Dexamethasone is also used in a diagnostic context, namely in its property to suppress the natural pituitary-adrenal axis.
Patients presenting with clinical signs of glucocorticoid excess (Cushing's syndrome) are generally diagnosed by a 24-hour urine collection for cortisol or by a dexamethasone suppression test. During the latter, the response of the body to a high dose of glucocorticoids is monitored. Various forms are performed. In the most common form, a patient takes a nighttime dose of either 1 or 4 mg of dexamethasone, and the serum cortisol levels are measured in the morning. If the levels are relatively high (over 5 µg/dl or 150 nmol/l), then the test is positive and the patient has an autonomous source of either cortisol or ACTH, indicating Cushing's syndrome where the tumor does not have a feedback mechanism. If ACTH levels are lowered by at least 50%, this would indicate Cushing's Disease, since the pituitary adenoma has a feedback mechanism that has been reset to a higher level of cortisol. Longer versions rely on urine collections on oral dexamethasone over various days.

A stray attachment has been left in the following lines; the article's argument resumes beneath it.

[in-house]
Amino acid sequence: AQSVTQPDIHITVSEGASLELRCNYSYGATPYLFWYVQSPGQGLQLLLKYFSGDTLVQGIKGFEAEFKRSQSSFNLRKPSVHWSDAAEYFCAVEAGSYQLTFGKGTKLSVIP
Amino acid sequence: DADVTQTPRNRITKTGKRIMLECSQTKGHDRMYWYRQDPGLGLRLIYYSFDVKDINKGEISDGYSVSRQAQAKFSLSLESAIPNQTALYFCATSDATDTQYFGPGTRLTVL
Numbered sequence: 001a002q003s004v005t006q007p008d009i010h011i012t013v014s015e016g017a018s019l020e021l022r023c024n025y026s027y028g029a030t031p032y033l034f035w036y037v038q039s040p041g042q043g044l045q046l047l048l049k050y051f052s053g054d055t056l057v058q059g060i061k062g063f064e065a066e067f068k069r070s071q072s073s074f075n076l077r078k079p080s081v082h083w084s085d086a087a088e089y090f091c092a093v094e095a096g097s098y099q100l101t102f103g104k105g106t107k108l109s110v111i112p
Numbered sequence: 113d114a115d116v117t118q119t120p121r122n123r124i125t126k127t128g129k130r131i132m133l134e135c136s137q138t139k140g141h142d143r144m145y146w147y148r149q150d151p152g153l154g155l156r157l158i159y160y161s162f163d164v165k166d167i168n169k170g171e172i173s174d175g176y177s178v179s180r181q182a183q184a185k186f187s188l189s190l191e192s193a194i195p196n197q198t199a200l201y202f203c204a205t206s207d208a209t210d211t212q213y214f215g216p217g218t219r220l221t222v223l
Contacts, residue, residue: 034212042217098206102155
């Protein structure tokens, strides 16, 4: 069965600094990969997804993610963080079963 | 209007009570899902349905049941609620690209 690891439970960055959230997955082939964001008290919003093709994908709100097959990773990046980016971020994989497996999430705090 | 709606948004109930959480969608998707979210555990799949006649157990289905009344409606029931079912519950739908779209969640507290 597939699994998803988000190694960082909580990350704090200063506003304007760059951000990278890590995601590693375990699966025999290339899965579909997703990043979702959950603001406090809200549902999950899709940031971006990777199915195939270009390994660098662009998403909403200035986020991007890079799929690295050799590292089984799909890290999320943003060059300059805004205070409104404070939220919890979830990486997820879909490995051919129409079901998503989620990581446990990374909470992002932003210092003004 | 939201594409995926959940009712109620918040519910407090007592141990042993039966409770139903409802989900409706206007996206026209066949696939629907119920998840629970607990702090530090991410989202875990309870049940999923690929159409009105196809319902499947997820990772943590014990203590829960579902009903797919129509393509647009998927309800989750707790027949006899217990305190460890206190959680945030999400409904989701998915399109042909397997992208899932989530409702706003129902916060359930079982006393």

Combined with marbofloxacin and clotrimazole, dexamethasone is available under the name Aurizon , CAS number 115550-35-1, and used to treat difficult ear infections, especially in dogs.
Severe systemic viral, bacterial, and fungal infections
Preexisting wide angle glaucoma
If dexamethasone is given orally or by injection (parenteral) over a period of more than a few days, side-effects common to systemic glucocorticoids may occur. These may include:
Stomach upset, increased sensitivity to stomach acid to the point of ulceration of esophagus, stomach, and duodenum
Increased appetite leading to significant weight gain
A latent diabetes mellitus often becomes manifest. Glucose intolerance is worsened in patients with preexisting diabetes.
Immunsuppressant action, particularly if given together with other immunosuppressants such as ciclosporine. Bacterial, viral, and fungal disease may progress more easily and can become life-threatening. Fever as a warning symptom is often suppressed.
Psychiatric disturbances, including personality changes, irritability, euphoria, mania
Osteoporosis under long term treatment, pathologic fractures (e.g., hip)
Muscle atrophy, negative protein balance (catabolism)